Red Earth

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When Paul McCann started his marketing journey, he just wanted to learn more about how it worked and how it could work for his firm. He joined Accelerator, and as he worked through it, knew it was only the beginning.  Having left his old job out of desperation, he’d trekked off on his own and was ready to make some major changes. “I do zero marketing” he told us, “but I know that if I’m going to run a business I want to be a part of, I need to do more.”

Paul knew his brand was in need of an update. For him, it didn’t encapsulate the type of people he wanted to work with. Paul had big plans to grow, and felt his current name and logo weren’t a fit for those plans:

“I knew I needed to get out of my current situation and fast.  I scoured the state’s copyright website to make sure there were no other “McCann Advisors” out there. There weren’t, so I took the name and started my own firm. As time passed, people kept telling me ‘You’ve got quite a reputation around here.’  Which was great, but I knew it was mostly because my dad had made the McCann name a small town hero. I’m interested in growing beyond a small town accountant.”

Armed with his learnings from the accelerator program, Paul quickly decided it was type for a much-needed brand re-do, which all started with the Brand Explorer:


Creating a brand story, and name which solidified Paul’s background

During the Brand Explorer sessions, Paul told us that he wanted his brand to represent a modern, clean and simple identity, one that shows his support of micro-entrepreneurs and his passions for microfinance.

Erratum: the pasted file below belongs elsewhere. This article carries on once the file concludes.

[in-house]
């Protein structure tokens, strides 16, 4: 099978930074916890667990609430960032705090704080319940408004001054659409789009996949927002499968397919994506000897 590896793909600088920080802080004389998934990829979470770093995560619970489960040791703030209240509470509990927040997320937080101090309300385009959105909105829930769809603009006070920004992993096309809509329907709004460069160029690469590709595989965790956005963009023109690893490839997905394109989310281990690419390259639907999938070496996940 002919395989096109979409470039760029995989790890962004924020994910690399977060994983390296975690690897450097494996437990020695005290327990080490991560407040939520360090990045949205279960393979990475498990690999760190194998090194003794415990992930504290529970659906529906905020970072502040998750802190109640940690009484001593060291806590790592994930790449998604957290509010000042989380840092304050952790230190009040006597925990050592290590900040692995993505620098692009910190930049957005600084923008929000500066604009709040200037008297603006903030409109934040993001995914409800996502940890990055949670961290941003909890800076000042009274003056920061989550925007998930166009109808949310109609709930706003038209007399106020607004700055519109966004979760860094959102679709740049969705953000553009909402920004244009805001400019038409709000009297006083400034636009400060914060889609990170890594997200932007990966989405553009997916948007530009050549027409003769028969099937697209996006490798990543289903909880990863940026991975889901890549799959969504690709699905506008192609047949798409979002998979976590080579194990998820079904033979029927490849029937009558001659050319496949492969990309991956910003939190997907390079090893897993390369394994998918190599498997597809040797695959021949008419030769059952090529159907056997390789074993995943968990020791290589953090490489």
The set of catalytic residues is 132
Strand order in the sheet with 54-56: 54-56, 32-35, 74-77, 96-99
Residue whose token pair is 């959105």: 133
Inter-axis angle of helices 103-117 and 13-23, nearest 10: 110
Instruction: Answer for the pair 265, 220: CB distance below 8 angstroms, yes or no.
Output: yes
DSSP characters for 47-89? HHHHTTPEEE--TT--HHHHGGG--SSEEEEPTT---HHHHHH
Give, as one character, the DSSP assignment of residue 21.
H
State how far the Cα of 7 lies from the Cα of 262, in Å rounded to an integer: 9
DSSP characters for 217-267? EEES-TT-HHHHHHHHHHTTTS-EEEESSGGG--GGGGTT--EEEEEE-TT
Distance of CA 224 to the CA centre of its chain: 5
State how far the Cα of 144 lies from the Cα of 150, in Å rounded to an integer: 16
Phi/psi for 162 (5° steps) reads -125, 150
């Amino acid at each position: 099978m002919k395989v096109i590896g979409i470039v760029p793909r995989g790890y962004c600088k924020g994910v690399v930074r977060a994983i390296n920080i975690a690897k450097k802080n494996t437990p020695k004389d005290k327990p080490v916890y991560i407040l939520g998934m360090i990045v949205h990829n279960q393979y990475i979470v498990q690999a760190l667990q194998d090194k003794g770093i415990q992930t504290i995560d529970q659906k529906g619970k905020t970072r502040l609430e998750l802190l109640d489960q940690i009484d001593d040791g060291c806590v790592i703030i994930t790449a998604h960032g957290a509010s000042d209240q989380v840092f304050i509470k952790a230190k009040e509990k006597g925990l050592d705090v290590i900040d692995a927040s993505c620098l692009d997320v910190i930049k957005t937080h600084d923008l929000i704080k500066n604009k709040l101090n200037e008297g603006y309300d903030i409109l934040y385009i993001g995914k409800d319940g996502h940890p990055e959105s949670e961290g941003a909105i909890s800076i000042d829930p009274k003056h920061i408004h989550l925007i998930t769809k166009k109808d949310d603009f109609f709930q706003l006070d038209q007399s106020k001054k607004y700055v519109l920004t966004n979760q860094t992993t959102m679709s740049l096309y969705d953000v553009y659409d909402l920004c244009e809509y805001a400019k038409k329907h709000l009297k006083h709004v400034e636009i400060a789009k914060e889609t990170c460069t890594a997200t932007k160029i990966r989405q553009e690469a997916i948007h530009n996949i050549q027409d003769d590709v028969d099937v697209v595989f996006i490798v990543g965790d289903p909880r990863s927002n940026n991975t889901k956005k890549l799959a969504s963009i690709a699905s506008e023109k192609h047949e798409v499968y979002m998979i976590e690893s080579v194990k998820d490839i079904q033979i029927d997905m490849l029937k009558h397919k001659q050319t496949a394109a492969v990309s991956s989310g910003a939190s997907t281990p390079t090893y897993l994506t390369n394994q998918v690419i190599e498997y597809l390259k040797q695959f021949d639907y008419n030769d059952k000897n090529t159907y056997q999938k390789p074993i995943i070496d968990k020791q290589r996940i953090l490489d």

A lot of words and phrases were brainstormed: Independent, freedom, adventure, daring, emprise. They were a great platform to start, and quickly became values Paul and his clients had, but they weren’t a fit for an eventual name-change.

What we found to be missing was the personal brand story, which became a talking point during the explorer. Paul shared his love of Kuju Coffee, and their links to donations towards the National Parks service. He wanted something similar with his own brand, telling us about his own story of him and his wife working in Peru with a Christian development organisation.

“Pucallpa is a lumber town on the Ucayali River in the central jungle region of Peru. Pucallpa (pronounced pu-kal-pa) is a Quechua (pronounced catch-u-a) word derived from the native Peruvians meaning red dirt or red earth.  The soil is largely red clay, very slippery when wet and ubiquitous during the rainy season. The bottom portion of the logo represents the cracked red clay after baking in the sun.”

This was a fantastic personal story and one that was important to Paul. It captured his passion for helping microbusinesses, and was something unique to him as a brand story.

We looked at the translation of “Pucallpa” and came to the conclusion that “Red Earth” was a fantastic name, which Paul agreed with. It encapsulated his history in Peru, particularly his time riding a Yamaha XT 350 through the red clay and dust.

With the name solidified, next came the brand and logo:


Bringing the sun, the river and the story into the Red Earth logo

There were a lot of factors that went into the story of Red Earth and Paul’s time in Peru: The Ucayali River, the Sun, Paul’s motorcycle, the name itself. It was clear that any logo needed to encapsulate every element that made up the brand story.

With this in mind, Col went to work, presenting a multi-layered concept to capture everything Paul wanted in his brand.

This was a very detailed brand concept, with several layers of meaning. The thick line running from right to left represents the Ucayali River passing through Pucallpa. The sun represents not only the Pucallpa flag, but also the rear sprocket of a motorcycle. The tread on the outside of the logo represents the off-road tyres of Paul’s bikes.

And then there’s the name along the top, one which Paul is extremely proud of. He fell in love with the logo concept and name, using is as “a tribute to the Peruvian people. They’ve inspired me with their spirited attitude and determined work.”


Building a website that showcased adventure, passion and standing out from the crowd

Paul’s passion for helping people shows up strongly in the way he shares his journey.  It was clear from a website perspective that we needed to make that passion come through.